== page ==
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Detroit — The Wayne State Board of Governors last week approved a 3.2 percent tuition hike and the leasing of a medical office on Mack Avenue to help create a new pediatric group affiliated with its medical school.

The actions were taken amid a continuing dispute over the future of the medical school, with four of the nine members of the board absent.

Based on legal advice, the board declared a quorum present by counting Wayne State President Roy Wilson as a member of the board, in his ex-officio role.

“The four board members who undertook their solemn duty to conduct the university’s important business consulted with the university’s general counsel about whether a quorum existed,” board chairwoman Kim Trent said in a statement distributed by Wayne State.

“Given that the board bylaws and the Michigan Constitution state that the university’s president is a board member, the board was advised by the university’s general counsel that we had the quorum necessary to conduct university business.”

Of the governors, Trent, Brian Barnhill II, Mark Gaffney and Marilyn Kelly voted in favor of the tuition increase and the real estate lease, Trent and Wayne State officials said.

“The other members of the board were not there,” Trent said.

They include Michael Busuito, Anil Kumar, Sandra Hughes O’Brien and Dana Thompson.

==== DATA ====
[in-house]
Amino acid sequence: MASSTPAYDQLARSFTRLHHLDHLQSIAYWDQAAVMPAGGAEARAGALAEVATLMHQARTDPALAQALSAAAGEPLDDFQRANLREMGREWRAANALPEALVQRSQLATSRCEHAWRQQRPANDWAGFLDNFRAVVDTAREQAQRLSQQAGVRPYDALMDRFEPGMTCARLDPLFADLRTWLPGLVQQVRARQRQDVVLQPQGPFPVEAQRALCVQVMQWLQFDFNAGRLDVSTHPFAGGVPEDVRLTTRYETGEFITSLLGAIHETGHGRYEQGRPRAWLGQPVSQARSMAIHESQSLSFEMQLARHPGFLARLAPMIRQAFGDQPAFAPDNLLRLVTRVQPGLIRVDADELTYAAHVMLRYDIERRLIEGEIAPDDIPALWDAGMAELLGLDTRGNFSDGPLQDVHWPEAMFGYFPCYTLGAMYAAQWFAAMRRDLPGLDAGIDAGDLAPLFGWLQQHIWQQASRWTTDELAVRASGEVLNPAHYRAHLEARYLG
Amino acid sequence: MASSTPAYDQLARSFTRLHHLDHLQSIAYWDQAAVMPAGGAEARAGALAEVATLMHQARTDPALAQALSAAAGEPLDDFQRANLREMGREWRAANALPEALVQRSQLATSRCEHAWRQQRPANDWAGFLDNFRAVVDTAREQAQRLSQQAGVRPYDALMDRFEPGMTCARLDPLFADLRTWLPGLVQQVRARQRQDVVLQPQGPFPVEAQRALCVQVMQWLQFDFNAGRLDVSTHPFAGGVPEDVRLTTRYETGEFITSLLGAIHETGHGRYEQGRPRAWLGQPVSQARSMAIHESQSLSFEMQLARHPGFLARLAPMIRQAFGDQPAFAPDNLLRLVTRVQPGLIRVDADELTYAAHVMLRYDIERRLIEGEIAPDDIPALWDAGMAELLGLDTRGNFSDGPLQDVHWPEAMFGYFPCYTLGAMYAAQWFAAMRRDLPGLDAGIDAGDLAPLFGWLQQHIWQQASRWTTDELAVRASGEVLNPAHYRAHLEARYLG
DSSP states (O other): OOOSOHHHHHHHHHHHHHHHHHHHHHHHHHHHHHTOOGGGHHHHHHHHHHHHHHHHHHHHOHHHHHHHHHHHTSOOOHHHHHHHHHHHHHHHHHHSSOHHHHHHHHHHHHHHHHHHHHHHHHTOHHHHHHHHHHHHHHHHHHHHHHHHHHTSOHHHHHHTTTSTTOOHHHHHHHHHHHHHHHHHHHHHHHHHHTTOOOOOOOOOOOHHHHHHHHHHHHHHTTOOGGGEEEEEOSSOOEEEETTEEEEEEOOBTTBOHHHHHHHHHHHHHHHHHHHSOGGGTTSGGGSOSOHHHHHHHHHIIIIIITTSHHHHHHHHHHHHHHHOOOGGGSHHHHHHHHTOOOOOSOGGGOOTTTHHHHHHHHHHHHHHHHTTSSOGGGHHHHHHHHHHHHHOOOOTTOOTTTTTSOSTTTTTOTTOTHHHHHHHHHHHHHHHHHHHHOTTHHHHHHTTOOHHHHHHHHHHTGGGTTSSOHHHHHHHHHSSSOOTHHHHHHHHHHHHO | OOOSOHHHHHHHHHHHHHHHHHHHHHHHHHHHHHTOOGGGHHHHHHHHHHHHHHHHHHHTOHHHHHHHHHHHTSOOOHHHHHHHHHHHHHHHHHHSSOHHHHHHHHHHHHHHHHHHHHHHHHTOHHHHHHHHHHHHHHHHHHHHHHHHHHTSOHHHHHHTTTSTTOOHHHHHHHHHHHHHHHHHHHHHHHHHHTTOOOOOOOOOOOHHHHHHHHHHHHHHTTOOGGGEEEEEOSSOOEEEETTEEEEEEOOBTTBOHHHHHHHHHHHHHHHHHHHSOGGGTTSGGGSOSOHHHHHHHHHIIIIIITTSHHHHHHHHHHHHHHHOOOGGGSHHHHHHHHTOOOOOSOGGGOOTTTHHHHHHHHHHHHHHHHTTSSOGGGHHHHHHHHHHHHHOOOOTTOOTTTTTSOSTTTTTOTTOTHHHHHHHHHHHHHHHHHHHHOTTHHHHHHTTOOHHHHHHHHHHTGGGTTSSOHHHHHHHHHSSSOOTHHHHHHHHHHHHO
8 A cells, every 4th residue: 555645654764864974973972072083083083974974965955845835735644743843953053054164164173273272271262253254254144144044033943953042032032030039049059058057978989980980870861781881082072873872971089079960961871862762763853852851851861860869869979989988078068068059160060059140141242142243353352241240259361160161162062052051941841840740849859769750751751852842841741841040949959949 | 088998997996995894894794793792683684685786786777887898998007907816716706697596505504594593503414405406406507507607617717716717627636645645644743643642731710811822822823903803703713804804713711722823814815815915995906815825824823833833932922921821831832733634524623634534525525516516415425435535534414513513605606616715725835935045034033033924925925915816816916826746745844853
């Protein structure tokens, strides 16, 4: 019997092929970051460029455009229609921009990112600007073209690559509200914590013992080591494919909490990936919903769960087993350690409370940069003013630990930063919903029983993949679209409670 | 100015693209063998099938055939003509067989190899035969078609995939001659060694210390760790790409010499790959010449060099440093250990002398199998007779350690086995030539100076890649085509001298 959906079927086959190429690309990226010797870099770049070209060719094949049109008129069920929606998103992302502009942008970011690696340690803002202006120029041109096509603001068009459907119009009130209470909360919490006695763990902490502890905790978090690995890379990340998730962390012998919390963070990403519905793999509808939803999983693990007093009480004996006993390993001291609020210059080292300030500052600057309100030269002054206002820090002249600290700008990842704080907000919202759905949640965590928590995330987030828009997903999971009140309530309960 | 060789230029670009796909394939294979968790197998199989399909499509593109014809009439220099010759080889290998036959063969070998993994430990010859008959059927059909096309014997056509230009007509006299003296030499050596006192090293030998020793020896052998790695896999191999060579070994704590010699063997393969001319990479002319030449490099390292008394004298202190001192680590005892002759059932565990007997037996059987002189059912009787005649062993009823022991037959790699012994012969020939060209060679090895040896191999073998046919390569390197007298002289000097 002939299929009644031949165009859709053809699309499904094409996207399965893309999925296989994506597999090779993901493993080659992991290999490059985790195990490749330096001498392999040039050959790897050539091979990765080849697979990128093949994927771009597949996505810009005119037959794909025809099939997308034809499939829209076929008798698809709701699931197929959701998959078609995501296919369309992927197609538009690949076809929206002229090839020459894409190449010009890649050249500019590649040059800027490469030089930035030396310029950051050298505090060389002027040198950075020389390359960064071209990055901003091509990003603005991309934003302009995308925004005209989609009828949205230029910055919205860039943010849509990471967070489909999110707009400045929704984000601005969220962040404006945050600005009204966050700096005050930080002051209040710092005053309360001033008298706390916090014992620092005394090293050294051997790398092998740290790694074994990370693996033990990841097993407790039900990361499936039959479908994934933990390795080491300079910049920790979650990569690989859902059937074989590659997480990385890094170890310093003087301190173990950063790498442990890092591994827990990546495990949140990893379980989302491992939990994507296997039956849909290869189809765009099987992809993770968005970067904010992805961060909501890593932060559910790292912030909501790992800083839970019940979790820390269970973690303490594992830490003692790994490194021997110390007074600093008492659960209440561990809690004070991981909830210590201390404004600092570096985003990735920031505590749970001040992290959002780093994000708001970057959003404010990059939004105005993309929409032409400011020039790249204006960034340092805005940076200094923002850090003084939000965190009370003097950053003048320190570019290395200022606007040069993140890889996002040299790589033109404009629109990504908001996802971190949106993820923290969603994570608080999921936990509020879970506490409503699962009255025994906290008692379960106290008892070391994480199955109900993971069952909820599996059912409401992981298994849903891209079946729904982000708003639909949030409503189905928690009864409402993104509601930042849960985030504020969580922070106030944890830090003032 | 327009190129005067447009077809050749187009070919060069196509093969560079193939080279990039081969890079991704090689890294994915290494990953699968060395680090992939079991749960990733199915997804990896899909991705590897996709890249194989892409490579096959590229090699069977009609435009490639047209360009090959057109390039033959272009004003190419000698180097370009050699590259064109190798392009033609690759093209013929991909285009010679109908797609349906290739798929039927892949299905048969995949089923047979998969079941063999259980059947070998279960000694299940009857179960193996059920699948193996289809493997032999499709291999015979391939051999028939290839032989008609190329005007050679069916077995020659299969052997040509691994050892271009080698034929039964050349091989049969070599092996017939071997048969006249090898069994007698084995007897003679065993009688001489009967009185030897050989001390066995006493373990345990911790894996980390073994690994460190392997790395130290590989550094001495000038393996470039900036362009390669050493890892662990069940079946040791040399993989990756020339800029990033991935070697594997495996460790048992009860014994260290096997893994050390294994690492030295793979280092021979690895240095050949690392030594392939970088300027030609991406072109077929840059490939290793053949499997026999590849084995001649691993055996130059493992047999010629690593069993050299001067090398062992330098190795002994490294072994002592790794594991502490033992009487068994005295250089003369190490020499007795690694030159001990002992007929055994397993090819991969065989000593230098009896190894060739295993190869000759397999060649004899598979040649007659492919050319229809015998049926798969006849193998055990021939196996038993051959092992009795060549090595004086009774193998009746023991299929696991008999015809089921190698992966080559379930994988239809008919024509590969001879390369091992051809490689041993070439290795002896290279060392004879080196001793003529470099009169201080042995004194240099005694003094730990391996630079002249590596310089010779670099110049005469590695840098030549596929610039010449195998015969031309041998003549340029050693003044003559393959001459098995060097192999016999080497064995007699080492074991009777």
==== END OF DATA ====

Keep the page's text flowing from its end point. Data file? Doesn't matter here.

Kumar advised members he could not attend, officials said. The remaining three were absent

None of the four could be reached for comment Tuesday.

Disagreements have battered the board’s recent actions.

Earlier this year, the four absent board members stopped a proposal to change the primary partnership of the medical school from the Detroit Medical Center to Henry Ford Health Systems. They argued over consultants’ fees and Wilson’s direction for the medical school.

In December, three of the governors who missed Friday's meeting — Busuito, Hughes O'Brien and Thompson — voted against a contract extension for Wilson. At a meeting in March, Thompson called for Wilson to resign.

The tuition increase approved last week applies to undergraduate and graduate students. The university said it amounts to less than $15 per credit hour for most students in 2019-20.

The board also approved a 3.2 percent increase in financial aid, to $81.7 million.

The university based its tuition increase on the assumption that the state of Michigan will provide a 0.9 percent increase in funding for the coming fiscal year.

“Increasing the tuition burden on our students and their families is never an easy decision,” Trent said.

“There was a time when our state’s elected officials understood that college degree attainment was a public good and they invested in higher education accordingly,” she said.

In a statement, Wilson said Wayne State is receiving less state funding that it did in 2011.

“We remain $11.8 million short of our FY 2011 state funding level," he said. "While we appreciate our state appropriations, it’s becoming more and more challenging to offer our students a high-quality education at a good value.”

gkrupa@detroitnews.com

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